We’ve already looked at the tricky question of EU enlargement on Debating Europe (see here and here), but most of our focus was on Eastern Europe and the Balkan states. Today, we’ll be looking specifically at the controversial issue of Turkish EU membership. With Cyprus due to take over the rotating EU Presidency on 1st July (and with large deposits of natural gas recently discovered off the Cypriot coast) are Turkish-EU relations set to be sorely tested in 2012?
For a basic introduction to some of the issues related to Turkish membership of the EU, see our infobox here.
Recently, we spoke to German Green Member of the European Parliament (MEP) Franziska Keller, a member of the delegation to the EU-Turkey Joint Parliamentary Committee (JPC). The EU-Turkey JPC is composed of an equal number of MEPs and Members of the Turkish Grand National Assembly, and it meets twice a year in Turkey and the EU. We asked Franziska Keller for her reaction to a comment from Ari on Debating Europe suggesting there could be “some grey area between [non-membership] and full EU membership” as a possible solution to an issue that has been dragging on for decades.
Well, at the moment Turkey is already in a sort of ‘grey area’. The problem is, what rights do they have in such a relationship? For instance, Turkey is part of a customs union with the EU, must apply the EU’s common external tariff to third countries and has to adopt a large part of the Acquis Communautaire [i.e. EU law]. Turkey complies with the rules, yet has no formal say in the law-making process. You can see that such a ‘privileged partnership’ is not to Turkey’s advantage as a permanent solution.
We also spoke to German Liberal MEP Alexander Graf Lambsdorff, a member of the European Parliament’s Committee on Foreign Affairs and a founding member of the German-Turkish Foundation. We had a comment from Nikolai arguing that the EU needs to start communicating more clearly on this issue. Nikolai argues that “Clearly stated SMART targets, openly and repeatedly declared to the general public of Turkey… will keep expectation levels realistic whilst keeping momentum should the public be behind the policies advocated.” What did Lambsdorff think of Nikolai’s comment?
Well, I would ask Nikolai what does he mean by such ‘targets’? Are these just benchmarks? Policies that need to be implemented by Turkey? Or are they clear target dates on a roadmap to accession? In terms of policies, yes, I would agree that communication has not been very good. But for target dates, I’m strongly opposed to this approach. It would only increase pressure to rush the process and risk raising false expectations.
There is clearly no political consensus on this issue. As Nikolai points out, there is waning enthusiasm in Turkey for membership. However, I think it’s important not to look at Turkey exclusively through the lens of accession, but more broadly look at how we can cooperate in foreign policy, energy policy and other areas.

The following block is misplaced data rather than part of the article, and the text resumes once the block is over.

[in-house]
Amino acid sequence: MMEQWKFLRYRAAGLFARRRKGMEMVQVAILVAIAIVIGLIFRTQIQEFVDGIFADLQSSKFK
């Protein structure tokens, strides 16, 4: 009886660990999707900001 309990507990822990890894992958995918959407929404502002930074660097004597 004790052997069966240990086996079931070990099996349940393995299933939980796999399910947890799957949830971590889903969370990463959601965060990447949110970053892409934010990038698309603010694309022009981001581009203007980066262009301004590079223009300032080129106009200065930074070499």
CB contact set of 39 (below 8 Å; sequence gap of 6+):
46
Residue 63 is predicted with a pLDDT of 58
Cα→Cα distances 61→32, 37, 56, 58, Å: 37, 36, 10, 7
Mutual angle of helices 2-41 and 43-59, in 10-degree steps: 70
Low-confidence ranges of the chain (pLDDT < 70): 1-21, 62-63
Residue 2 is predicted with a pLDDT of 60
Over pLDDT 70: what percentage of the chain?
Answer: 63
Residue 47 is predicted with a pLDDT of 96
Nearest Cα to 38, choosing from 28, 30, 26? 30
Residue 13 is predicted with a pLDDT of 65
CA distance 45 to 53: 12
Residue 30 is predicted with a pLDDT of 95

We’ve had a couple of comments sent in about the question of Cyprus. Sotiris, for example, sent in a comment arguing that Turkey cannot be a member of the EU as long as the question of Cyprus is unresolved.
The number of sticking points is much larger than just the issue of Cyprus. Of course, I don’t see a solution anytime soon for the Cyprus issue, which is maybe a lack of imagination on my part, but it’s difficult to be more positive. As well as Cyprus, though, there is the particularly bad situation of human rights in Turkey; more journalists are in prison there than any other country, including China. There is also a political culture not conducive to pluralism, though I hope that constitutional reforms improve the situation. Then, of course, the final sticking point is that only 20% of EU citizens are in favour of Turkish membership. Therefore, we’d have to have a dramatic shift in public opinion.
Finally, we spoke to Nevin Öztop from Turkish LGBT organisation Kaos GL. We caught up with Öztop when she was being presented with the award for her organisation’s work by Solidar at their Silver Rose Awards ceremony in March. We received a comment earlier from Sam criticising MEPs for not doing enough to support LGBT rights in Hungary, so we asked Öztop what the EU can do to support human rights (including LGBT rights) in Turkey without being seen to interfere too much with Turkish sovereignty.
What do YOU think? Should Turkey join the European Union? Or could there be a ‘grey area’ of half-membership that satisfies all parties? Do you think Turkey will still want to join if it is left waiting for too long? Are you confident that the major sticking-points to Turkish EU membership can be resolved? Or do we need to consider an alternative? Let us know your thoughts and comments in the form below, and we’ll take them to policy-makers and experts for their reactions.